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Camels, yams and intestines: the conception of contraception
According to legend, Arab nomads inserted small stones in the uteruses of their camels to prevent pregnancy during long journeys. These stones would irritate the camel’s womb and stop fertilised eggs from growing.
But when Arab gynecologists hear this story, they ask a question: ‘Have you ever tried to put a stone in a camel’s uterus?’
While camel uterus stones may be a myth, animals have played a vital role in the development of contraception (the prevention of pregnancy).
Some of the first condoms used in the 1800s were made from animals, including lamb or pig intestines.
Intrauterine devices (IUDs) are small contraceptive devices inserted into the uterus (with or without a medicine). In 1909, a Polish doctor published the first paper on the successful use of an IUD. This IUD was created from the guts of a silkworm.
Plants also had an important role in the development of contraceptives. The oral contraception pill (OCP), known as ‘the pill’, has an ingredient derived from a yam. Wild yams contain diosgenin, a plant-based estrogen that can be converted to progesterone, one of the main hormones in the pill. In the 1950s, a Mexico City-based company created the first synthetic progesterone from a wild Mexican yam called barbasco.
Thankfully, in 2019 we have many safe and efficacious contraceptive options. We do not recommend using stones, silkworm guts, lamb intestines, or yams for contraception!
Contraceptive products available in Australia are assessed for safety, quality and efficacy and then approved by the TGA. We assess and approve two main categories of contraception: medicines (which includes prescription and over-the-counter), and medical devices (which includes a wide range of products that are not medicines, but do have a physical effect on the body). We do not assess contraceptive procedures.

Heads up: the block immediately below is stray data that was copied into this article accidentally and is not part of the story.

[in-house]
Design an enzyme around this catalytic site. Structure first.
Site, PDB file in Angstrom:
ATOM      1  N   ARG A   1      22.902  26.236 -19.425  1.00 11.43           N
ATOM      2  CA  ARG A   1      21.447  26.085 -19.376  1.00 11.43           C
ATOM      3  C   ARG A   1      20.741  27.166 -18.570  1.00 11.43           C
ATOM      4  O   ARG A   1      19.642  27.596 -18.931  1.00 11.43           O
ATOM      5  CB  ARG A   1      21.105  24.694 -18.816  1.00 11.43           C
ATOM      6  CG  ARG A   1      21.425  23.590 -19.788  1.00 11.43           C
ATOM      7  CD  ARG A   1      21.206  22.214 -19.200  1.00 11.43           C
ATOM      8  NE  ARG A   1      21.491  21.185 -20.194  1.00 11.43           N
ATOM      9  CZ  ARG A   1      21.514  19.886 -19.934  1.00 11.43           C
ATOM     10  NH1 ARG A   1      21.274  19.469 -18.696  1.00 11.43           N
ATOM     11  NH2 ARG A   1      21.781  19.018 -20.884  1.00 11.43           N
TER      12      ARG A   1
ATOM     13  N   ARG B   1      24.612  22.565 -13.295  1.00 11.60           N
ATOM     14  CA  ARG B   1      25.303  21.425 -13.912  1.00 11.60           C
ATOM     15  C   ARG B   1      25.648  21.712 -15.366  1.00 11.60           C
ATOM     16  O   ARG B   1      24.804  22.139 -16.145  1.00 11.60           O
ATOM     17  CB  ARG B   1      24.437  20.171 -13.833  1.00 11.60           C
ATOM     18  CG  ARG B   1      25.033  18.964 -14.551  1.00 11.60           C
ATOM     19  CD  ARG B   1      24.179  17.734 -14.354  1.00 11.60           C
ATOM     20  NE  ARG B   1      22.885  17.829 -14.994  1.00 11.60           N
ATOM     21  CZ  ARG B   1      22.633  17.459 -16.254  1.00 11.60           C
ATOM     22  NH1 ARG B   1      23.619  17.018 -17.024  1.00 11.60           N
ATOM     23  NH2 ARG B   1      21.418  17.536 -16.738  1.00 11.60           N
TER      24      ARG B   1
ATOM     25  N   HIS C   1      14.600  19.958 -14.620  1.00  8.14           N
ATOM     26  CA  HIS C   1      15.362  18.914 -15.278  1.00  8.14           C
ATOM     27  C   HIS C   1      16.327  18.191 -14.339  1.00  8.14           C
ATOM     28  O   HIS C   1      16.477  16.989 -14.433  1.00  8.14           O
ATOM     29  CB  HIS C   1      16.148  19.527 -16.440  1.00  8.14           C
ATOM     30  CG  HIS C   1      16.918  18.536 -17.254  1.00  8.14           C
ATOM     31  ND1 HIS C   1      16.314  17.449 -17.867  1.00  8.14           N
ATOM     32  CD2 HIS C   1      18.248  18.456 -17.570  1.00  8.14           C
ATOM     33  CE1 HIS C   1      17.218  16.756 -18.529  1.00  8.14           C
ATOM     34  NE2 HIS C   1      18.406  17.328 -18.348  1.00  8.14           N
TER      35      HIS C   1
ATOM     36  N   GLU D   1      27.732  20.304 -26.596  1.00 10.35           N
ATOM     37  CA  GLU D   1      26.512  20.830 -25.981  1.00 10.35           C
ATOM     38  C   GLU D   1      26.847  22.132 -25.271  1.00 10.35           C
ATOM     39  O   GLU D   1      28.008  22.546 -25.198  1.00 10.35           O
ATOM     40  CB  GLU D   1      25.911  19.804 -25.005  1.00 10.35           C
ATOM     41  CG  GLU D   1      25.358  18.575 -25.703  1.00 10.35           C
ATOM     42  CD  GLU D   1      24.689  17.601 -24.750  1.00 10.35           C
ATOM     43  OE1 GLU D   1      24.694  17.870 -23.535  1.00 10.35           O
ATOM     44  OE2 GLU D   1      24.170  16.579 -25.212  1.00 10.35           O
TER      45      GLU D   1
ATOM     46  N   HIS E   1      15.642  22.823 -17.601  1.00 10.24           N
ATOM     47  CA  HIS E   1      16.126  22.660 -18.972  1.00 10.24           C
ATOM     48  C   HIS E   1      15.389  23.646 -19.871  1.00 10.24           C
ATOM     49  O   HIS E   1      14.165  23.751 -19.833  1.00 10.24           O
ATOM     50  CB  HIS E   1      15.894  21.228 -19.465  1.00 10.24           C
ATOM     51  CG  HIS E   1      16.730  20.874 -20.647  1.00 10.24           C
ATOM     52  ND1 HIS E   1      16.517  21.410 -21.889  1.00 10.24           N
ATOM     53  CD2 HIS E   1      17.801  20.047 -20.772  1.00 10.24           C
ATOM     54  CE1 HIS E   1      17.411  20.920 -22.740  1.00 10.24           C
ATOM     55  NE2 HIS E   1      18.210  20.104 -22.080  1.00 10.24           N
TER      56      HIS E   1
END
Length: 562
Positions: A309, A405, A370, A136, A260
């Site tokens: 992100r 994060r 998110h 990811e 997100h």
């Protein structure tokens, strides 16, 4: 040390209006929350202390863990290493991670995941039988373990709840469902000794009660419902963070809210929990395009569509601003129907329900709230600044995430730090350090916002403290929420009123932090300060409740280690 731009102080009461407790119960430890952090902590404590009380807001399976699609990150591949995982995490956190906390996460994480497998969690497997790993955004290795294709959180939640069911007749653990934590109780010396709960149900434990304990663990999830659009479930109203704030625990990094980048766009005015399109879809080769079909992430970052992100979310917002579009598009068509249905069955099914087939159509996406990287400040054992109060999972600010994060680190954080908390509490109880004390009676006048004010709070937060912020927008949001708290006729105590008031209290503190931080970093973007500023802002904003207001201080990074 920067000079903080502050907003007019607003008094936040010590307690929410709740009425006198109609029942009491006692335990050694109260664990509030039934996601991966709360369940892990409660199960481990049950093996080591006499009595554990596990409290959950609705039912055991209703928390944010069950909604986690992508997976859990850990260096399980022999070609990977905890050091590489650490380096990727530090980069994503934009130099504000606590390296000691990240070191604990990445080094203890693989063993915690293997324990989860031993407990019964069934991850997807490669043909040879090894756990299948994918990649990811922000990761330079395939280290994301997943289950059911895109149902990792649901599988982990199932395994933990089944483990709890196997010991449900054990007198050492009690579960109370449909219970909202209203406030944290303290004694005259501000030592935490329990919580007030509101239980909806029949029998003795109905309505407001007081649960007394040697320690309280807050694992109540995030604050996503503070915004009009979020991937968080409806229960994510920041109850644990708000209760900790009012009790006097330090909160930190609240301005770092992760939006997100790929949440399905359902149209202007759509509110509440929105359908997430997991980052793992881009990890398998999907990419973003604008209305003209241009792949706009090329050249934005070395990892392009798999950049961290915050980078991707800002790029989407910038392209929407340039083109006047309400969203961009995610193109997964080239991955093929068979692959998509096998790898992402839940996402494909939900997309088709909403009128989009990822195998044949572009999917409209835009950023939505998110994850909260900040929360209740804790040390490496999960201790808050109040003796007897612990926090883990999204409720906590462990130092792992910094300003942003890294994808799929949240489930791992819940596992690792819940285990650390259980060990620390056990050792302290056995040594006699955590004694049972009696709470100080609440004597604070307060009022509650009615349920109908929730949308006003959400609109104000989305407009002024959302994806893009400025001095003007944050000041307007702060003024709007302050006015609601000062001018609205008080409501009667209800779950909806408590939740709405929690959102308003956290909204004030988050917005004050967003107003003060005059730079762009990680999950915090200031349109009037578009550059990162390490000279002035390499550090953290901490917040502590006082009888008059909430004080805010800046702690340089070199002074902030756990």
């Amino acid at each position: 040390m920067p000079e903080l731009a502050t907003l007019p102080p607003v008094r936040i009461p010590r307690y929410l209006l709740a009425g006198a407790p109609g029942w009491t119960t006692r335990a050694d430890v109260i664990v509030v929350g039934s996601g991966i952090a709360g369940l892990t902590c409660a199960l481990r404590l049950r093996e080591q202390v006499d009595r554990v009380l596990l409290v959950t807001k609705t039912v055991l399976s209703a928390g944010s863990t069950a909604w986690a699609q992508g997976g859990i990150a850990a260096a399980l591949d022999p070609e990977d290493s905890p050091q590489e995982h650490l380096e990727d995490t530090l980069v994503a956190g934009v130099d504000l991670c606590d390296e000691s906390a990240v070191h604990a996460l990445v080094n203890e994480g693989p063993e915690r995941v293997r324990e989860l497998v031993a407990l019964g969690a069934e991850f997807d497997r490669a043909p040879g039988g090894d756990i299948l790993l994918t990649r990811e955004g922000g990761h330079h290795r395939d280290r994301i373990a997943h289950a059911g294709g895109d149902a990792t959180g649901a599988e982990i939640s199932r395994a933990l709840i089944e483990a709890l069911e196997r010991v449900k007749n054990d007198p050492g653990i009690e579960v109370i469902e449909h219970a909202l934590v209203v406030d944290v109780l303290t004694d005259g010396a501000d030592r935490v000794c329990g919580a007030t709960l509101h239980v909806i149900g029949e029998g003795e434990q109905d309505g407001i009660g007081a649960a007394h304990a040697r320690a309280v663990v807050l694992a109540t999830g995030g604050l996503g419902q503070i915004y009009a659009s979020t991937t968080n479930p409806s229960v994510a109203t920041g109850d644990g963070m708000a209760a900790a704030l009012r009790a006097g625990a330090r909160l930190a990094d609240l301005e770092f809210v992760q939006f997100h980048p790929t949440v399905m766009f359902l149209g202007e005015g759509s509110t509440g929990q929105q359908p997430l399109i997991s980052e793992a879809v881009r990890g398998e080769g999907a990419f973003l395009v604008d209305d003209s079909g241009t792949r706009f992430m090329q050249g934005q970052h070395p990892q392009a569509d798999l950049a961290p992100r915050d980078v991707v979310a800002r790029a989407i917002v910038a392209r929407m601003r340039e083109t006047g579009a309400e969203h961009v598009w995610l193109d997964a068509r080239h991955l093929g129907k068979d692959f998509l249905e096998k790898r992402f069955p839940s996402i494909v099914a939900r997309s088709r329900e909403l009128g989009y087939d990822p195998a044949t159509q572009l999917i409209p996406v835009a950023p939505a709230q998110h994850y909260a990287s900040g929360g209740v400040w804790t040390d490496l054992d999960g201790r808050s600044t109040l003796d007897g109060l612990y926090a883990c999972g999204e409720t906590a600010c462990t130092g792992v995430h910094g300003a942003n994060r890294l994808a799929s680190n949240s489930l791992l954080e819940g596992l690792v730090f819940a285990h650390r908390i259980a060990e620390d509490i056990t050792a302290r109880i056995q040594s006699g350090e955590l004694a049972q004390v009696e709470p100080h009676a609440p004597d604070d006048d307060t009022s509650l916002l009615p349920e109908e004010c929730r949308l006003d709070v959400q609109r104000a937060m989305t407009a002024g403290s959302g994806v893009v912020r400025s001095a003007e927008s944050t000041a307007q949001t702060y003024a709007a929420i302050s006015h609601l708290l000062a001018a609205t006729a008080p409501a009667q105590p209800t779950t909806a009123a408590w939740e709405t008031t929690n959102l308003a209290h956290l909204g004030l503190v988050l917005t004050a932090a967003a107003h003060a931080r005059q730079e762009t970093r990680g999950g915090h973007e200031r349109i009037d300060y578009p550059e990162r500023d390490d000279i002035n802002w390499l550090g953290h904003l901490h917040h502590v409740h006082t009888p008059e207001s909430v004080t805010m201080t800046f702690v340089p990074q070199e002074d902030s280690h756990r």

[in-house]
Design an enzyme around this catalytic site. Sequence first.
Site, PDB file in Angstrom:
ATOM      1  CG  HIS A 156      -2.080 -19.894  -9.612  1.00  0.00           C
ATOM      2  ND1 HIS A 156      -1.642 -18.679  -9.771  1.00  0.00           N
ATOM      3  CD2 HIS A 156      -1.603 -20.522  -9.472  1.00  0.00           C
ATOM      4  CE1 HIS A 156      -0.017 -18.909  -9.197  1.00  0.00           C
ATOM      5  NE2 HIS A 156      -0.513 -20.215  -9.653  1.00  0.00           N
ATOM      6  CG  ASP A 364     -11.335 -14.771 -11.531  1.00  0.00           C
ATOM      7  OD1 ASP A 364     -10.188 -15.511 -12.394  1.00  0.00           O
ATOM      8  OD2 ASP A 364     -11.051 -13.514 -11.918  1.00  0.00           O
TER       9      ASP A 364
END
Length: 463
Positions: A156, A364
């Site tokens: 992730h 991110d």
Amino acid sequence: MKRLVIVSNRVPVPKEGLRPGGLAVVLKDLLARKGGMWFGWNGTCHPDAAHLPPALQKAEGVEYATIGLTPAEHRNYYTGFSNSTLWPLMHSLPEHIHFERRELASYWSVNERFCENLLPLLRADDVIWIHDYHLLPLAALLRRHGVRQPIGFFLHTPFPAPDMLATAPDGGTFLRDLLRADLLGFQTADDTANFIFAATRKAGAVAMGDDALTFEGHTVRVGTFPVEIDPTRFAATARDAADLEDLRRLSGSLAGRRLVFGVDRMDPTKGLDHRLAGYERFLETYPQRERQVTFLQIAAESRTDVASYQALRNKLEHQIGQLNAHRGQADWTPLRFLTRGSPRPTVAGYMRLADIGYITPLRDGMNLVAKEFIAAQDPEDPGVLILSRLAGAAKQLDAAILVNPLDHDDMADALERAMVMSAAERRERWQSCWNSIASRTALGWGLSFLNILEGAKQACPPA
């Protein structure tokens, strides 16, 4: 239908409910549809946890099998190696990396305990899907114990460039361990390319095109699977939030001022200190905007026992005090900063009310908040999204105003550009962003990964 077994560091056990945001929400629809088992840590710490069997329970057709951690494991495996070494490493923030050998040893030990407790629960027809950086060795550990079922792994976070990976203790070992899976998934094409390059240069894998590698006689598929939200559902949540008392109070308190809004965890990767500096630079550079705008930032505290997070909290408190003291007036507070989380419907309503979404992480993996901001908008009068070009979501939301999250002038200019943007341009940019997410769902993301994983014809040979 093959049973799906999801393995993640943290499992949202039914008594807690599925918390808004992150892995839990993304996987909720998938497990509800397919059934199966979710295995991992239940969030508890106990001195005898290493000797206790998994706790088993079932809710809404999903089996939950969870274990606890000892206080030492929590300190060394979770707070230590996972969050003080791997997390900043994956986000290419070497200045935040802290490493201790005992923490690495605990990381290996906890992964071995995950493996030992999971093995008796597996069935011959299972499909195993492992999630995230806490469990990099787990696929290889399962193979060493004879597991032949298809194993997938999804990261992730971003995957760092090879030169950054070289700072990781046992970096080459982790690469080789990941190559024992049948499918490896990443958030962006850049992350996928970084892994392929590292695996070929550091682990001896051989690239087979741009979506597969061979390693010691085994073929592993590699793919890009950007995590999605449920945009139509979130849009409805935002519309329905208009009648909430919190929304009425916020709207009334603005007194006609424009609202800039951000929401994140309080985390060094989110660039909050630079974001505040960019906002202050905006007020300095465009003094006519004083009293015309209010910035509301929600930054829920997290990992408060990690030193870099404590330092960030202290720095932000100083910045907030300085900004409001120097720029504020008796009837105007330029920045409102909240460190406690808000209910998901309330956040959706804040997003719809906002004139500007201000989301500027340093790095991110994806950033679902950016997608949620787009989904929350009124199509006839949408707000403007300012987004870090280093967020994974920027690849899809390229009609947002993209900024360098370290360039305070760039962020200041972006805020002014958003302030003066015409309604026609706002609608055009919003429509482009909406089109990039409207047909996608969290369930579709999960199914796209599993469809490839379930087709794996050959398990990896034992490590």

Contraceptive medicines include emergency contraception, known as ‘the morning after pill’, which is available as an over-the-counter medicine (meaning no script is needed). Non-emergency oral contraceptives such as the OCP are only available with a prescription from a medical professional. There are a number of different OCP available. There are also contraceptive injections and contraceptive medicines which are inserted into the vagina or cervix.
Several contraceptives are considered a medical device. Condoms are classified by the TGA as a class IIb medical device, while IUDs are a class III medical device. Find out more about medical device regulation on our website.
Through history, contraceptives have been predominately developed for women. But what about contraceptives for males? Male contraceptive pills, injections and gels have been trialled in recent years, though are not yet available on the Australian market.
One of the male contraceptives that is widely available is the condom. At the TGA, we test the quality of condoms in our laboratories using a range of methods. We use the Condom Inflation Test to test the effects of pressure, and we use the Water Tightness Test to test for holes. We also test how products like lube may affect the efficacy of a condom. To be able to obtain a statistically significant result from our testing, we assess 315+ condoms of the same brand/type per test.
The Condom Inflation Test
Did you know that condoms have an expiry date? There is a reminder about the safe and correct use of condoms on our website. If you ignore the expiry date on a condom, you could face a burst case scenario.
Find out more about Australia’s broad range of TGA approved contraceptive methods: https://www.healthdirect.gov.au/contraception-options